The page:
China-US trade benefits both sides and China is not to blame for the loss of manufacturing jobs in the US, said a renowned US expert on China on Monday.
Statistics from China's Ministry of Commerce show that bilateral merchandise trade exceeded $519.6 billion in 2016, making China the US' largest trading partner and the US China's second-largest.
"I think respectable economists, not people who are just working for politicians, all agree that bilateral trade has benefited both the US and China," Avery Goldstein, a political science professor at the University of Pennsylvania (U Penn), told the Xinhua News Agency in a recent interview.
The standard of living of the American people has become higher because of cheaper Chinese products, added Goldstein, who was listed among the top 20 China experts in the US by China Foreign Affairs University in 2015.
It is unfair for some politicians to blame China for the loss of US manufacturing jobs, Goldstein pointed out, noting that it is more about worldwide market competition, and about automation, which leads to higher productivity - and fewer workers - in factories.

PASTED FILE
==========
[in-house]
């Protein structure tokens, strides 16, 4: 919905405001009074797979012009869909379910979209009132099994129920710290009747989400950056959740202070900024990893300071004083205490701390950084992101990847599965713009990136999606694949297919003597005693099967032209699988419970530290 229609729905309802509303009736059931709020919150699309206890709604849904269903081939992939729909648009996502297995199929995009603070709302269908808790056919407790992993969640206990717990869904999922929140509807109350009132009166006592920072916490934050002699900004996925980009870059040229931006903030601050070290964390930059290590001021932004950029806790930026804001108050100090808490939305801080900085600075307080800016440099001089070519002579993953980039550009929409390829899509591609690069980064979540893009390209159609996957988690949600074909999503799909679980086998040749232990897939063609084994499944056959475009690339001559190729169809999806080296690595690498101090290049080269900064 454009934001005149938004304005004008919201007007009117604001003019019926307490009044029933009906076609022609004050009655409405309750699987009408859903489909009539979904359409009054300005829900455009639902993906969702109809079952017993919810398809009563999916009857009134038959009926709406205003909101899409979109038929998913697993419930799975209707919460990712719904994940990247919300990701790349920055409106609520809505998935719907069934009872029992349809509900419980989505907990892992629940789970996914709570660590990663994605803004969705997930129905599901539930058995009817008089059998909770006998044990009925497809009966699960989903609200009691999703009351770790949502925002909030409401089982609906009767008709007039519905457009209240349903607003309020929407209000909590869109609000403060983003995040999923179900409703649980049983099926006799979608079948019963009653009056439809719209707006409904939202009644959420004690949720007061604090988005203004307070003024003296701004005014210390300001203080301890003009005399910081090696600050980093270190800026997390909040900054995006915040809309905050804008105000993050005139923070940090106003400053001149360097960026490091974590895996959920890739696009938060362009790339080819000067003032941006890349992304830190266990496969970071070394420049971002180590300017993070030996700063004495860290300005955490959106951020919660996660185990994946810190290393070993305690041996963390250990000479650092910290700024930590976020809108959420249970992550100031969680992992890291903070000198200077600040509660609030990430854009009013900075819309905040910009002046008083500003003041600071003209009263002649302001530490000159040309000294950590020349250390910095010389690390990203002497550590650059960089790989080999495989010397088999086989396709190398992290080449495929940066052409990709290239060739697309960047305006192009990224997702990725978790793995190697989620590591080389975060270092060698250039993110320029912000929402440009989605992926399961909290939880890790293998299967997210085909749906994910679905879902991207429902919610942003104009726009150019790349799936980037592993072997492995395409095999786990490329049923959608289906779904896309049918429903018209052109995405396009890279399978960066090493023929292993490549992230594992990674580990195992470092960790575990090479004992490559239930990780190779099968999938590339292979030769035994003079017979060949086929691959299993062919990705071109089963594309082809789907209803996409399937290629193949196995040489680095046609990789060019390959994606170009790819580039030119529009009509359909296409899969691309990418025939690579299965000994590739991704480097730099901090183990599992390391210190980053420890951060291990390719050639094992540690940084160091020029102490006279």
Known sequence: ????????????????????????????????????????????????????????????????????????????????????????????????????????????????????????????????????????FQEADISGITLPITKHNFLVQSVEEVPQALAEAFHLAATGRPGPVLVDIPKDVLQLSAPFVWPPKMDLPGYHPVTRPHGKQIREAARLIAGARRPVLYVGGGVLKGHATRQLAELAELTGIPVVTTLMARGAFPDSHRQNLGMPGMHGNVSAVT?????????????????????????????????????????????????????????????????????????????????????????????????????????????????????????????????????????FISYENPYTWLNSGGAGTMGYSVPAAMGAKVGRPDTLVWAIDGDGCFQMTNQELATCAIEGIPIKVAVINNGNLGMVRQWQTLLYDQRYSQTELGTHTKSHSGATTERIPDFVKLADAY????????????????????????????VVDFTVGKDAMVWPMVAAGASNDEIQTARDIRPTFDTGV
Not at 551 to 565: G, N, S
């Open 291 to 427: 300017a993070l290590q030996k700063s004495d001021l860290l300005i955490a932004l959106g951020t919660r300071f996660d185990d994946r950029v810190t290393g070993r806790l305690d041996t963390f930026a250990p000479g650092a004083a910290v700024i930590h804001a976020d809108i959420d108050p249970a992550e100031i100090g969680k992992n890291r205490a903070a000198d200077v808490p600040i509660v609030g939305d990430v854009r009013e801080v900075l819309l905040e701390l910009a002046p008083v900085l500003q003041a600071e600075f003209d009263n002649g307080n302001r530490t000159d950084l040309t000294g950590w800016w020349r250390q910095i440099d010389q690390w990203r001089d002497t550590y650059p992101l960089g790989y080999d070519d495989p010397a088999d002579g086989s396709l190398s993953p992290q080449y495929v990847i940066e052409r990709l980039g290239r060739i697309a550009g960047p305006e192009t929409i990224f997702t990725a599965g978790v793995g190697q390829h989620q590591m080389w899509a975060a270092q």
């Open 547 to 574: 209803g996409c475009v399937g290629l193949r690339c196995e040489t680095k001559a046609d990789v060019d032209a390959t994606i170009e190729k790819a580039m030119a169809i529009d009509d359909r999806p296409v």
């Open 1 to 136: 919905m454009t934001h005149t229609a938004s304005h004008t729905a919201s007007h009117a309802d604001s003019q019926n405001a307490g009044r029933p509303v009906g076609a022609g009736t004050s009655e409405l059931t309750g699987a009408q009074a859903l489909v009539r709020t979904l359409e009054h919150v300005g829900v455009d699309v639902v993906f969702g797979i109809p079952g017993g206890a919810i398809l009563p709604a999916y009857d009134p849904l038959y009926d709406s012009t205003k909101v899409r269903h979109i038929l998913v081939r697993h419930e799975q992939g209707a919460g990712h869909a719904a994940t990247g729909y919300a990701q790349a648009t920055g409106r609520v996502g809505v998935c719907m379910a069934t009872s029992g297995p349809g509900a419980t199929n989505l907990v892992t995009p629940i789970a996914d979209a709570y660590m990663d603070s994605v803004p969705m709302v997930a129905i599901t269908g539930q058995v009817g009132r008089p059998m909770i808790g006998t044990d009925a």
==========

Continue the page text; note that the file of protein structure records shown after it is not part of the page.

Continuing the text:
"Of course, if the relationship is poorly managed, if the negotiations with China on trade don't go well, and if tariffs are imposed on China, Americans will quickly see the effect, which would be an increase in the price of goods," said the expert.
According to an Oxford Economics report, China-US trade was credited for creating some 2.6 million jobs in the US and contributing $216 billion to US economic growth in 2015.
"We should not try to keep China poor or to prevent China from playing a bigger role in the global economy, but rather to figure out how to cooperate with China in addressing the problems of the global economy and managing some of the difficult trade and financial issues that come up in international economics," said Goldstein.
Commenting on the upcoming meeting between Chinese President Xi Jinping and US President Donald Trump in Florida, the expert stressed that the significance of the event should not be underestimated.
The two leaders, first of all, will "get a deeper understanding of each other and each other's general views about the US-China bilateral relationship," said the professor, who is also director of the U Penn Center for the Study of Contemporary China.
"Beyond that, each side may want to lay out a general road map for dealing with some of the areas where cooperation looks most feasible, and some of the areas where it is clear the two sides will have to work hard to manage their disagreements," he added.